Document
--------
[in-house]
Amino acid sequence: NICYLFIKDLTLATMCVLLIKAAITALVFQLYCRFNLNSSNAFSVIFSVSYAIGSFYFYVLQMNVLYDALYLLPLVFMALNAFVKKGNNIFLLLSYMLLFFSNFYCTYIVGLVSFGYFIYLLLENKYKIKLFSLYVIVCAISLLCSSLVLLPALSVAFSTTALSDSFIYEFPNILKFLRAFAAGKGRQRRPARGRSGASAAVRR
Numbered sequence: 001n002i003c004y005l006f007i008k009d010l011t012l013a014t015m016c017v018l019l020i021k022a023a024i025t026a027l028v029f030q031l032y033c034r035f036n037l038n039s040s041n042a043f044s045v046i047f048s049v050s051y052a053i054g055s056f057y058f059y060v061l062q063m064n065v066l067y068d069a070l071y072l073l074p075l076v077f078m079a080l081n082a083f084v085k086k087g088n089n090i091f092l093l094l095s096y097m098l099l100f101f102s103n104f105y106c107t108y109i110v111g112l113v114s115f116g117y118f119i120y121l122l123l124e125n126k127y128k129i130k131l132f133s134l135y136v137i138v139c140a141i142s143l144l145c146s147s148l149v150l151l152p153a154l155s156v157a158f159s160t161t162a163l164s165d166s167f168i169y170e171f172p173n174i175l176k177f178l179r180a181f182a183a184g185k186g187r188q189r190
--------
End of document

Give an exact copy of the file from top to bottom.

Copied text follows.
[in-house]
Amino acid sequence: NICYLFIKDLTLATMCVLLIKAAITALVFQLYCRFNLNSSNAFSVIFSVSYAIGSFYFYVLQMNVLYDALYLLPLVFMALNAFVKKGNNIFLLLSYMLLFFSNFYCTYIVGLVSFGYFIYLLLENKYKIKLFSLYVIVCAISLLCSSLVLLPALSVAFSTTALSDSFIYEFPNILKFLRAFAAGKGRQRRPARGRSGASAAVRR
Numbered sequence: 001n002i003c004y005l006f007i008k009d010l011t012l013a014t015m016c017v018l019l020i021k022a023a024i025t026a027l028v029f030q031l032y033c034r035f036n037l038n039s040s041n042a043f044s045v046i047f048s049v050s051y052a053i054g055s056f057y058f059y060v061l062q063m064n065v066l067y068d069a070l071y072l073l074p075l076v077f078m079a080l081n082a083f084v085k086k087g088n089n090i091f092l093l094l095s096y097m098l099l100f101f102s103n104f105y106c107t108y109i110v111g112l113v114s115f116g117y118f119i120y121l122l123l124e125n126k127y128k129i130k131l132f133s134l135y136v137i138v139c140a141i142s143l144l145c146s147s148l149v150l151l152p153a154l155s156v157a158f159s160t161t162a163l164s165d166s167f168i169y170e171f172p173n174i175l176k177f178l179r180a181f182a183a184g185k186g187r188q189r190